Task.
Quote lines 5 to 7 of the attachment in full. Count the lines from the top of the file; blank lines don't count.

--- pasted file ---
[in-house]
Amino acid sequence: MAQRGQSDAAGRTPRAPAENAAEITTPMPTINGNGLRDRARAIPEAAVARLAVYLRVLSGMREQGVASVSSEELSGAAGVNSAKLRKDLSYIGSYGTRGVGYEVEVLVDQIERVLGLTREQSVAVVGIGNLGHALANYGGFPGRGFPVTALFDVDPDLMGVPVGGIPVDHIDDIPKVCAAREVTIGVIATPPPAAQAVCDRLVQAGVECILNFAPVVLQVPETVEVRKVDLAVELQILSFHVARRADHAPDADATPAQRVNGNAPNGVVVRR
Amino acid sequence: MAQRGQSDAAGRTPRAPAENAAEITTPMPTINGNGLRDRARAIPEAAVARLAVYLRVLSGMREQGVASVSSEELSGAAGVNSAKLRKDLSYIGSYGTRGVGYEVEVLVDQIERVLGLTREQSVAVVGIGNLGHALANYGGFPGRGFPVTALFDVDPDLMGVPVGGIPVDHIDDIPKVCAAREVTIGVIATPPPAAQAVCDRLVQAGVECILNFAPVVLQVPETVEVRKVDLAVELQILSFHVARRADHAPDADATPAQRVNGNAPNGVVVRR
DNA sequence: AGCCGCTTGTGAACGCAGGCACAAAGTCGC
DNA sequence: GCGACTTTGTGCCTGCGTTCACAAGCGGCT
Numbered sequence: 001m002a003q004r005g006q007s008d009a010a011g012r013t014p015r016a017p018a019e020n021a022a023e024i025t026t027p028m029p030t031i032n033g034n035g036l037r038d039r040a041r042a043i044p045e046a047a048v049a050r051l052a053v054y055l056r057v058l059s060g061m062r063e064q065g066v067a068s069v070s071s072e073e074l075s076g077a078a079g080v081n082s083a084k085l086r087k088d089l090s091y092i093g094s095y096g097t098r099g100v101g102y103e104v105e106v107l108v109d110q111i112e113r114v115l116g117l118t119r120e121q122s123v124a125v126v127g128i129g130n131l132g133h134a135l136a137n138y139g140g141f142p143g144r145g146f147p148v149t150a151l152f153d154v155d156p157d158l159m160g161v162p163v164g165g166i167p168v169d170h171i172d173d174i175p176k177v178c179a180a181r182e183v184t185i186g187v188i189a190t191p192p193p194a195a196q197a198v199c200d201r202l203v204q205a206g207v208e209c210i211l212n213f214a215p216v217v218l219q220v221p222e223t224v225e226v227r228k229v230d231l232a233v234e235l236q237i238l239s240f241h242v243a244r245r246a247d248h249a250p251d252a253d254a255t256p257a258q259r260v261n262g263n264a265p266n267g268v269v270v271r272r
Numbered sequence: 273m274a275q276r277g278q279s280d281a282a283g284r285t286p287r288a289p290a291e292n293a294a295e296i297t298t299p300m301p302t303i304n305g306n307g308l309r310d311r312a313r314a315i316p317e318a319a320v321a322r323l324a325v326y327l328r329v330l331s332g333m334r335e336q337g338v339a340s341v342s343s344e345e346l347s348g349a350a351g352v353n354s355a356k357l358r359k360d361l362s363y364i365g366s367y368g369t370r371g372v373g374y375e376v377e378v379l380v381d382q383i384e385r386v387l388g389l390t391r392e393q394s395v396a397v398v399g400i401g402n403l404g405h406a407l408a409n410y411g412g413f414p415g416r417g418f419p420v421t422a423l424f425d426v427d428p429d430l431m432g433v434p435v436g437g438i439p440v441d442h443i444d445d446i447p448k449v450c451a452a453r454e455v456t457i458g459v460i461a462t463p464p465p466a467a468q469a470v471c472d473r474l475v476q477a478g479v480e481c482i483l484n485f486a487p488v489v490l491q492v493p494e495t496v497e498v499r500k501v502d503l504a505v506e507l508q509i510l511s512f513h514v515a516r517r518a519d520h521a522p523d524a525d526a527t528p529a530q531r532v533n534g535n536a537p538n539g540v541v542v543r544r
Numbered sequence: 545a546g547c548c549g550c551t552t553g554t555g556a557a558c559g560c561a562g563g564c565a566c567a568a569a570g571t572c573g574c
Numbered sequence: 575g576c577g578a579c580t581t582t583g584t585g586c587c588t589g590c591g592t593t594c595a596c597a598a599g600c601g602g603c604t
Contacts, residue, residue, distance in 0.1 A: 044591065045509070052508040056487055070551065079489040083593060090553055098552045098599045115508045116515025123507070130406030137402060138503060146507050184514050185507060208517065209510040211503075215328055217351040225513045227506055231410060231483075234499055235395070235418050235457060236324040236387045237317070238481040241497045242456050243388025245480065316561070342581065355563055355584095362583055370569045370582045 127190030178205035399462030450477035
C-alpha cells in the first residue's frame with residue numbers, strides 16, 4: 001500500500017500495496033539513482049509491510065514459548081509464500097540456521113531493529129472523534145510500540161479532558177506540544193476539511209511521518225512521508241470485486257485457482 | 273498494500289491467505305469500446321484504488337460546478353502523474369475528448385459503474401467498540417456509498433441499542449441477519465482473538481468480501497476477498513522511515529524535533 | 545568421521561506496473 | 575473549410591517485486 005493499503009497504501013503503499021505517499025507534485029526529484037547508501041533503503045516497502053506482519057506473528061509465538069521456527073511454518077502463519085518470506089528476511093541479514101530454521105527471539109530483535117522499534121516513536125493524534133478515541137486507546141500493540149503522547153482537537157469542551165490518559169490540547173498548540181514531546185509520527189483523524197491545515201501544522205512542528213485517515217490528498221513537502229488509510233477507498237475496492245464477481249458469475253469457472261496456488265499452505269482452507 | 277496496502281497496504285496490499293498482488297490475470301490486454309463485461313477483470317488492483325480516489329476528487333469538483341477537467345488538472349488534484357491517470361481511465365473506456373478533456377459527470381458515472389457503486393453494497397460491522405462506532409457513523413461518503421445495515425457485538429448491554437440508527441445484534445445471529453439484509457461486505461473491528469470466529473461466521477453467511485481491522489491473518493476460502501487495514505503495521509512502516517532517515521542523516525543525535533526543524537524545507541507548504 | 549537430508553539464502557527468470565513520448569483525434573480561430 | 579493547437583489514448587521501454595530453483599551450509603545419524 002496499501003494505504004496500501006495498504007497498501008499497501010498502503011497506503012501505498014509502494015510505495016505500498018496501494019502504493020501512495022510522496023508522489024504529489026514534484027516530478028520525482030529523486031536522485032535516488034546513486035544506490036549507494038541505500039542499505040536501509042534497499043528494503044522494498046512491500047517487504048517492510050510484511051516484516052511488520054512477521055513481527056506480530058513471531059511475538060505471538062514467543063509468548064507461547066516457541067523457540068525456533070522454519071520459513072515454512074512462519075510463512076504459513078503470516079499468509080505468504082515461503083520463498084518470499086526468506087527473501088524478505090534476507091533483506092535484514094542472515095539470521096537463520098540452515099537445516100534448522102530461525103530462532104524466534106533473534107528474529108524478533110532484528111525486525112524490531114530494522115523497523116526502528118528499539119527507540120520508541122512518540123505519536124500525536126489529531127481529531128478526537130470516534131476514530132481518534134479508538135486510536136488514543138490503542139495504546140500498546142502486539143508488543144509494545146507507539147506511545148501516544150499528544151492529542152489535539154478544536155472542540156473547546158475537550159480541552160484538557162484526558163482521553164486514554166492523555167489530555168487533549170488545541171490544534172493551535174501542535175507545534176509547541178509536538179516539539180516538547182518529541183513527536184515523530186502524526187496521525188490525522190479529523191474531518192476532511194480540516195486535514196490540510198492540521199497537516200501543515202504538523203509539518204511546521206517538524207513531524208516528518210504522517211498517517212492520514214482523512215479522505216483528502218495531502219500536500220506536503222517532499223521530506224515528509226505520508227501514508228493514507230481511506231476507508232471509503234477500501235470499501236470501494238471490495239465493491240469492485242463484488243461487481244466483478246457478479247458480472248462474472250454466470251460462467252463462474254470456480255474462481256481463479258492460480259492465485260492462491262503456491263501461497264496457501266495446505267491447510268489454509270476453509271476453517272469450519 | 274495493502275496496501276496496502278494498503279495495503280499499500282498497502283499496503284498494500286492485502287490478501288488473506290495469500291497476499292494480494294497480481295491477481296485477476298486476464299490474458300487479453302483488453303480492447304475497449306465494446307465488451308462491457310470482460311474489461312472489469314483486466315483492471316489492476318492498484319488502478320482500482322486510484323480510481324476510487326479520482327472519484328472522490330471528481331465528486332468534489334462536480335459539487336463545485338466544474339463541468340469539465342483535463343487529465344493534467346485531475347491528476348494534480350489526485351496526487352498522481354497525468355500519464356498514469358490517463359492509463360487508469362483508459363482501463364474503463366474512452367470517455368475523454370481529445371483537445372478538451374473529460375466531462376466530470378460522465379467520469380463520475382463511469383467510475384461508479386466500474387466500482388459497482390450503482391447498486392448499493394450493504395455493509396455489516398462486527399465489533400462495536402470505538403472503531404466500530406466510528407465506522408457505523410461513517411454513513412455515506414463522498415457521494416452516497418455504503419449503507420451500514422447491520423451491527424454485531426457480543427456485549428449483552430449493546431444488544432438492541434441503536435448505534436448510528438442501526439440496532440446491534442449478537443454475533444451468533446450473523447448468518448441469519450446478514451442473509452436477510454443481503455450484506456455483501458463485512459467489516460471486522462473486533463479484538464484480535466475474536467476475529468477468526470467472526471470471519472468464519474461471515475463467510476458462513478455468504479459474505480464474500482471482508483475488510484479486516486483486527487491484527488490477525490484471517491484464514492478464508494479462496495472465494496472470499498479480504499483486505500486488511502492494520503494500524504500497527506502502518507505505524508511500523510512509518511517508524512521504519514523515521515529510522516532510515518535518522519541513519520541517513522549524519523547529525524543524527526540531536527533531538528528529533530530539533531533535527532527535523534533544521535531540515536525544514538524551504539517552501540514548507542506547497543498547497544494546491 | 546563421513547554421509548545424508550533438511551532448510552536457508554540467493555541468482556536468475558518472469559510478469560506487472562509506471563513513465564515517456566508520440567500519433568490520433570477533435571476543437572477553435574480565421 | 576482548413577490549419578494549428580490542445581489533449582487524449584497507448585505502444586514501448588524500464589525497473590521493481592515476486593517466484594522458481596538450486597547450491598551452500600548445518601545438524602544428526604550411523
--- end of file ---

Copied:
DNA sequence: GCGACTTTGTGCCTGCGTTCACAAGCGGCT
Numbered sequence: 001m002a003q004r005g006q007s008d009a010a011g012r013t014p015r016a017p018a019e020n021a022a023e024i025t026t027p028m029p030t031i032n033g034n035g036l037r038d039r040a041r042a043i044p045e046a047a048v049a050r051l052a053v054y055l056r057v058l059s060g061m062r063e064q065g066v067a068s069v070s071s072e073e074l075s076g077a078a079g080v081n082s083a084k085l086r087k088d089l090s091y092i093g094s095y096g097t098r099g100v101g102y103e104v105e106v107l108v109d110q111i112e113r114v115l116g117l118t119r120e121q122s123v124a125v126v127g128i129g130n131l132g133h134a135l136a137n138y139g140g141f142p143g144r145g146f147p148v149t150a151l152f153d154v155d156p157d158l159m160g161v162p163v164g165g166i167p168v169d170h171i172d173d174i175p176k177v178c179a180a181r182e183v184t185i186g187v188i189a190t191p192p193p194a195a196q197a198v199c200d201r202l203v204q205a206g207v208e209c210i211l212n213f214a215p216v217v218l219q220v221p222e223t224v225e226v227r228k229v230d231l232a233v234e235l236q237i238l239s240f241h242v243a244r245r246a247d248h249a250p251d252a253d254a255t256p257a258q259r260v261n262g263n264a265p266n267g268v269v270v271r272r
Numbered sequence: 273m274a275q276r277g278q279s280d281a282a283g284r285t286p287r288a289p290a291e292n293a294a295e296i297t298t299p300m301p302t303i304n305g306n307g308l309r310d311r312a313r314a315i316p317e318a319a320v321a322r323l324a325v326y327l328r329v330l331s332g333m334r335e336q337g338v339a340s341v342s343s344e345e346l347s348g349a350a351g352v353n354s355a356k357l358r359k360d361l362s363y364i365g366s367y368g369t370r371g372v373g374y375e376v377e378v379l380v381d382q383i384e385r386v387l388g389l390t391r392e393q394s395v396a397v398v399g400i401g402n403l404g405h406a407l408a409n410y411g412g413f414p415g416r417g418f419p420v421t422a423l424f425d426v427d428p429d430l431m432g433v434p435v436g437g438i439p440v441d442h443i444d445d446i447p448k449v450c451a452a453r454e455v456t457i458g459v460i461a462t463p464p465p466a467a468q469a470v471c472d473r474l475v476q477a478g479v480e481c482i483l484n485f486a487p488v489v490l491q492v493p494e495t496v497e498v499r500k501v502d503l504a505v506e507l508q509i510l511s512f513h514v515a516r517r518a519d520h521a522p523d524a525d526a527t528p529a530q531r532v533n534g535n536a537p538n539g540v541v542v543r544r